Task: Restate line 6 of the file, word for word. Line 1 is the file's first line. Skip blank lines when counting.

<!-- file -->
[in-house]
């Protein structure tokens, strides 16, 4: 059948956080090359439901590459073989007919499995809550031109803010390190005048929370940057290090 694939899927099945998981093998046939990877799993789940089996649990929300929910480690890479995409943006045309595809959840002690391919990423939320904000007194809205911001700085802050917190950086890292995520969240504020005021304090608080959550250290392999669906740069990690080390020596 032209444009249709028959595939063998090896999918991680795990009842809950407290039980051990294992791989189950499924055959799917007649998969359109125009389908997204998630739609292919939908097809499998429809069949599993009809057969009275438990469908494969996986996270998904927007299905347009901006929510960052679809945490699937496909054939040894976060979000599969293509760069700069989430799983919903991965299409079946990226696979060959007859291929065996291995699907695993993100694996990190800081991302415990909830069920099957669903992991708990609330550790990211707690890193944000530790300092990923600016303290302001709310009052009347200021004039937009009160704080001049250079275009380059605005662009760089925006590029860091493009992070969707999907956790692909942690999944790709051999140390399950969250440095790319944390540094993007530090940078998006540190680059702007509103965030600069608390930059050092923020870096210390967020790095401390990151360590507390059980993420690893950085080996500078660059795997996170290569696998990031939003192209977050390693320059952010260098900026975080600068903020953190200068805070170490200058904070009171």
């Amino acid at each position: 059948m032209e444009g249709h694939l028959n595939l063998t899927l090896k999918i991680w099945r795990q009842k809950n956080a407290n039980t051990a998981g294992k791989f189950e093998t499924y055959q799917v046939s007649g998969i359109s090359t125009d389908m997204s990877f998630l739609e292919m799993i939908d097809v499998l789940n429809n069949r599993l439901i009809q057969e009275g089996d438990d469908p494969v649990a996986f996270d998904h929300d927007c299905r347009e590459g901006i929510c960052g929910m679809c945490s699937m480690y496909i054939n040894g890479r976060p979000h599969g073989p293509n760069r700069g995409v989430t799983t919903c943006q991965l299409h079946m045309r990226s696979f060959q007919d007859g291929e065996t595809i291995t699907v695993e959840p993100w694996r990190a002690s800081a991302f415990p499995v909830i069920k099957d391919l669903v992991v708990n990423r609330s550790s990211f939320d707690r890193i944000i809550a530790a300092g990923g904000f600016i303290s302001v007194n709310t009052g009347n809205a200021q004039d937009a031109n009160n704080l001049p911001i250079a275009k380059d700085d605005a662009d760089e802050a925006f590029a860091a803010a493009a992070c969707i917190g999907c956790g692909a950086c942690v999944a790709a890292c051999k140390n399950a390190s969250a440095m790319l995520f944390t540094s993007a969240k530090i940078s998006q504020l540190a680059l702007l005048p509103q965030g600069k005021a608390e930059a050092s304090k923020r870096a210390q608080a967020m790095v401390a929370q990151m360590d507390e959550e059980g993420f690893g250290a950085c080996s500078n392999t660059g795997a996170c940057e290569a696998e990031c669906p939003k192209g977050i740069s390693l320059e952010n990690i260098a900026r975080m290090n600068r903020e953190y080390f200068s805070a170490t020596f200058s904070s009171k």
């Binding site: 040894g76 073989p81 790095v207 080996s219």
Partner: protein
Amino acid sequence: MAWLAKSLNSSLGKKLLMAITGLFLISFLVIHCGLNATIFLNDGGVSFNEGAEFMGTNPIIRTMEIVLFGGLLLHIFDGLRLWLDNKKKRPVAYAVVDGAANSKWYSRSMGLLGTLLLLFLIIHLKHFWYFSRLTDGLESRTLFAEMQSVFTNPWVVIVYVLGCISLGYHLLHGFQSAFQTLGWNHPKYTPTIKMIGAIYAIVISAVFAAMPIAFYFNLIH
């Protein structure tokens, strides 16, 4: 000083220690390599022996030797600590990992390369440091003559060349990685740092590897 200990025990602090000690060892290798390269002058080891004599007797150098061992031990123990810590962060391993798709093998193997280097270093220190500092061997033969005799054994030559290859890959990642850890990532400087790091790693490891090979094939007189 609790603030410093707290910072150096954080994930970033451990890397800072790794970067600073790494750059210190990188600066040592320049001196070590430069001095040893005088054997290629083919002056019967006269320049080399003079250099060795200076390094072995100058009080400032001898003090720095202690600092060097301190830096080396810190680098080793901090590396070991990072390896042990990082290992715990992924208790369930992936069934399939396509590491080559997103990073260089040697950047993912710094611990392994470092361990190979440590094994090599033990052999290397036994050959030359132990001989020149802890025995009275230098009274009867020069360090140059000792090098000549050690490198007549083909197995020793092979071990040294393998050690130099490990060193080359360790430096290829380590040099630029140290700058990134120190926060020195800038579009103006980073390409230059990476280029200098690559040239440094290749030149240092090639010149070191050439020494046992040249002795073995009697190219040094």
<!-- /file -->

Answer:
Amino acid sequence: MAWLAKSLNSSLGKKLLMAITGLFLISFLVIHCGLNATIFLNDGGVSFNEGAEFMGTNPIIRTMEIVLFGGLLLHIFDGLRLWLDNKKKRPVAYAVVDGAANSKWYSRSMGLLGTLLLLFLIIHLKHFWYFSRLTDGLESRTLFAEMQSVFTNPWVVIVYVLGCISLGYHLLHGFQSAFQTLGWNHPKYTPTIKMIGAIYAIVISAVFAAMPIAFYFNLIH